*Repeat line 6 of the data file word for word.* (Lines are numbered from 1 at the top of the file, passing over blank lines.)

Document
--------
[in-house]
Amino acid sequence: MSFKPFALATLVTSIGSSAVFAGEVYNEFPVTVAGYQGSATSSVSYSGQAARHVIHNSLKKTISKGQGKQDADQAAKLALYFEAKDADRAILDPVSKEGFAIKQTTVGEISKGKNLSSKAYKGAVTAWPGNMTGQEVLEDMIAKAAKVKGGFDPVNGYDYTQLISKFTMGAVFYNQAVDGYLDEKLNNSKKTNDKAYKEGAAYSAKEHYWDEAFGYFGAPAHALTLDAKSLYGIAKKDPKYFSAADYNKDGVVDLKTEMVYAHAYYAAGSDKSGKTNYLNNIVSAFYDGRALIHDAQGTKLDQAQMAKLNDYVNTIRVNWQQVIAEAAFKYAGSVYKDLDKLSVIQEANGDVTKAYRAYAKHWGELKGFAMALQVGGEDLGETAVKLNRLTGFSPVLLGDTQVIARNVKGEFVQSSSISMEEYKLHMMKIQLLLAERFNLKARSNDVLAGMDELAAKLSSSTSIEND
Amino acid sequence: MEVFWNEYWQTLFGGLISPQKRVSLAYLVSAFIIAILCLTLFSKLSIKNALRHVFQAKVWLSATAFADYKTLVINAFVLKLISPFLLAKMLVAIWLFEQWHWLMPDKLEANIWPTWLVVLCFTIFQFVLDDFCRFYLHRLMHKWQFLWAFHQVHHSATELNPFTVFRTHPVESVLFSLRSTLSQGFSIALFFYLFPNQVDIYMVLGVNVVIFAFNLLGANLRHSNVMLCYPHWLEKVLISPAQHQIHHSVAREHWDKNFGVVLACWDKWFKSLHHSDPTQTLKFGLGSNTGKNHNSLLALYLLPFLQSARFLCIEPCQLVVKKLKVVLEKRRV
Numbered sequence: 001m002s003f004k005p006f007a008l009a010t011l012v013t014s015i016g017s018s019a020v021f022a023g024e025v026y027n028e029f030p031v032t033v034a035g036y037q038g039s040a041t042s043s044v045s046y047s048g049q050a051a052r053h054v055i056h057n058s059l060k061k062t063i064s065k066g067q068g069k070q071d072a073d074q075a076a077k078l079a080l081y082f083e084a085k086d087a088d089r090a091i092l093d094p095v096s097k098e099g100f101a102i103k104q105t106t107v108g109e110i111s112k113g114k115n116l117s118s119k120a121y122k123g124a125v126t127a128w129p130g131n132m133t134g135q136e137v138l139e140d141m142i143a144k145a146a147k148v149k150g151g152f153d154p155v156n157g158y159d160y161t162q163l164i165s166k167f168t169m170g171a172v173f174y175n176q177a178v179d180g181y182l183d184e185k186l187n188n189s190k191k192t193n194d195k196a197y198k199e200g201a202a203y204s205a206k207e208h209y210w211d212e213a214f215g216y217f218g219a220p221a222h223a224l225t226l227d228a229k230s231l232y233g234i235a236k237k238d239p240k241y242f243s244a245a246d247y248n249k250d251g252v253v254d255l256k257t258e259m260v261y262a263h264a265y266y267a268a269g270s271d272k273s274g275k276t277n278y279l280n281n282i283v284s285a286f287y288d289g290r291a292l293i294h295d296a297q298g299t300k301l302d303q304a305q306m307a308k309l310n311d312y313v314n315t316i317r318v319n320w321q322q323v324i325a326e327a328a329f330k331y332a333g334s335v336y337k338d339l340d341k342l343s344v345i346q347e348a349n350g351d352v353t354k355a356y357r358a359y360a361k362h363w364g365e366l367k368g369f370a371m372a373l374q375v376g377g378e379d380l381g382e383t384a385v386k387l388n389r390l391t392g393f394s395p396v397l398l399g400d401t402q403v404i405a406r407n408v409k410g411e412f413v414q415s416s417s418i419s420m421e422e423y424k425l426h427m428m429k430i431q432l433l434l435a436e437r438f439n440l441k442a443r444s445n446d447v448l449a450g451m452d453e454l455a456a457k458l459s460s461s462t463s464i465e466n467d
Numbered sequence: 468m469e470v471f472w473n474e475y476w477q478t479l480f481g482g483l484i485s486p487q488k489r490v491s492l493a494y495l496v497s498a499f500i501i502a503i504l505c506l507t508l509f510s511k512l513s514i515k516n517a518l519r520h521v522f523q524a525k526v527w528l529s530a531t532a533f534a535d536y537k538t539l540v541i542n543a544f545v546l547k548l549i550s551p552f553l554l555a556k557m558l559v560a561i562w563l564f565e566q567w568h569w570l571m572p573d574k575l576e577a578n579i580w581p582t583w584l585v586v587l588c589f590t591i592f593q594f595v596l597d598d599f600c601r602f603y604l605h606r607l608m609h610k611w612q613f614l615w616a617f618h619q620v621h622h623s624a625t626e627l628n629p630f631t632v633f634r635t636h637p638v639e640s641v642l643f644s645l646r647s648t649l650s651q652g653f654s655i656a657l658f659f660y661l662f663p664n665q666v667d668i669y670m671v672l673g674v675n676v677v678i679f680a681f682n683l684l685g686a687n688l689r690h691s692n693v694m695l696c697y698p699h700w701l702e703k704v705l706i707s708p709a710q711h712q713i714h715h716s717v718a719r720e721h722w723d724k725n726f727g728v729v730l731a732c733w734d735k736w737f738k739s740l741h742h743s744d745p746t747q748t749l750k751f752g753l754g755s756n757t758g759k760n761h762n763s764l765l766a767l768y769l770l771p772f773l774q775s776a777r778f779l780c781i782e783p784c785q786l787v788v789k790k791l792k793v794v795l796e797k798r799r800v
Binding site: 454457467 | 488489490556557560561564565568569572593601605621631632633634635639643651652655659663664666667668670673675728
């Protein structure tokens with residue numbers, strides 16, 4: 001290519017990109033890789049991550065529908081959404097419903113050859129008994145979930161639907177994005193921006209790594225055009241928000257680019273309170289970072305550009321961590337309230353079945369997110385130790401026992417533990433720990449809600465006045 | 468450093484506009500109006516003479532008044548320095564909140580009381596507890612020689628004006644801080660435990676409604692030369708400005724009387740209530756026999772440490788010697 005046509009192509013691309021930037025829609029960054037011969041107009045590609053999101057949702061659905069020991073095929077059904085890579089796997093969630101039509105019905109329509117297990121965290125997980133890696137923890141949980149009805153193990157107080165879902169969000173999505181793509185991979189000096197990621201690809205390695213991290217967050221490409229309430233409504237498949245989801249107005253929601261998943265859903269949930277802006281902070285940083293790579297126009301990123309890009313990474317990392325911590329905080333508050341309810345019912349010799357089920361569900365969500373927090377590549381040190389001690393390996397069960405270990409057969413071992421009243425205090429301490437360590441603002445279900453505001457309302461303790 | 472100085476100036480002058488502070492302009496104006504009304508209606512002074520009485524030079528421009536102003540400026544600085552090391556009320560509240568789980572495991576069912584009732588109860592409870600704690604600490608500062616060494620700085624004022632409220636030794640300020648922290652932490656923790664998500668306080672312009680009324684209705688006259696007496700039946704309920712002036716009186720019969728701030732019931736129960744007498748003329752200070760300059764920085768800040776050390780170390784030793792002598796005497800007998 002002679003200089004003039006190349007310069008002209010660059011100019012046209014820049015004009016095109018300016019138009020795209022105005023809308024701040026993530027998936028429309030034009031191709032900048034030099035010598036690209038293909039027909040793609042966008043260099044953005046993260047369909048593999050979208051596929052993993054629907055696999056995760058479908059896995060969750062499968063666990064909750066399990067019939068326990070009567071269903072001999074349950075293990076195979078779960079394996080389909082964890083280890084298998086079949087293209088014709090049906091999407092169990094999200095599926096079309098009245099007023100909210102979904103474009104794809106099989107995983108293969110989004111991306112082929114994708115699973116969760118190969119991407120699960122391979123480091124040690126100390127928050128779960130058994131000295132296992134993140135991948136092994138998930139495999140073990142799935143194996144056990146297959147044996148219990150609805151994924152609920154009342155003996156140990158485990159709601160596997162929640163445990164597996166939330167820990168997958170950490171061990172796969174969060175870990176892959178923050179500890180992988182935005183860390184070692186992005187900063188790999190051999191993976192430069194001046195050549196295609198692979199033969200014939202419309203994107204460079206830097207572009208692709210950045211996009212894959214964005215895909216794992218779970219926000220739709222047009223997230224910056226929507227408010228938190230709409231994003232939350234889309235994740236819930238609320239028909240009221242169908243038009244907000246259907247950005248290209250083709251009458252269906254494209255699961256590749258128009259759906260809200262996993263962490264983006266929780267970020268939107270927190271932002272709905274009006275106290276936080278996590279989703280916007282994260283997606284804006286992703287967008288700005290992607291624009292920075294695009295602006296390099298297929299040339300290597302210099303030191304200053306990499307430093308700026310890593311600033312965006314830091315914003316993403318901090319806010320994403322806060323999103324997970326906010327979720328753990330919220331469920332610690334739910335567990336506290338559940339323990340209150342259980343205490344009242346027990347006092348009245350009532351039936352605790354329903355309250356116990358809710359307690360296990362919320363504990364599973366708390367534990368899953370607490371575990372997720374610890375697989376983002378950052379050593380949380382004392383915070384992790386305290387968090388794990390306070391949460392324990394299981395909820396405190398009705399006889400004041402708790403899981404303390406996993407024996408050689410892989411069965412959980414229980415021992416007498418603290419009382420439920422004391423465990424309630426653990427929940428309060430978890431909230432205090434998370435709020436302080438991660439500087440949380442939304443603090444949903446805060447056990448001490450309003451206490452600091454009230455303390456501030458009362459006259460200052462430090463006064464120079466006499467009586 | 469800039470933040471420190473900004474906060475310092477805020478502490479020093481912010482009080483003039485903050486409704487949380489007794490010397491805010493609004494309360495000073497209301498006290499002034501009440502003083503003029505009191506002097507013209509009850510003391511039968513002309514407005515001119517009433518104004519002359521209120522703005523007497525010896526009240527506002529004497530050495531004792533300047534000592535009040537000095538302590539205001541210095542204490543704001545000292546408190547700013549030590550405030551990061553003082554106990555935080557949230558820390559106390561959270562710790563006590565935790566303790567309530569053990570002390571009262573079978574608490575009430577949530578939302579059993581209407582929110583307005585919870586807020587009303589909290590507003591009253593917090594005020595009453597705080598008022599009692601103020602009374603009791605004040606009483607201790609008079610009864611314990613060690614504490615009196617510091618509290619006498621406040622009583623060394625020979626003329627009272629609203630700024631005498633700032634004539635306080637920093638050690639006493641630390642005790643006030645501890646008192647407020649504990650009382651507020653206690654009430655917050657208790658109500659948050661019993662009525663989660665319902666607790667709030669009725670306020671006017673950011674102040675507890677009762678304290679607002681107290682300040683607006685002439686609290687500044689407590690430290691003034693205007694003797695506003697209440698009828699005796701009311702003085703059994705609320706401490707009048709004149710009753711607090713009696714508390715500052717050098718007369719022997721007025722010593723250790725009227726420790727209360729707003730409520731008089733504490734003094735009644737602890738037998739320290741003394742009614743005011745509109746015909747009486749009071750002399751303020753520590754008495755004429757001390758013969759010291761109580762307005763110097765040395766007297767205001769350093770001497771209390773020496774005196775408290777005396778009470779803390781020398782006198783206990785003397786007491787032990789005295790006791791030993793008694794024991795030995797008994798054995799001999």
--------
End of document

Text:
Binding site: 454457467 | 488489490556557560561564565568569572593601605621631632633634635639643651652655659663664666667668670673675728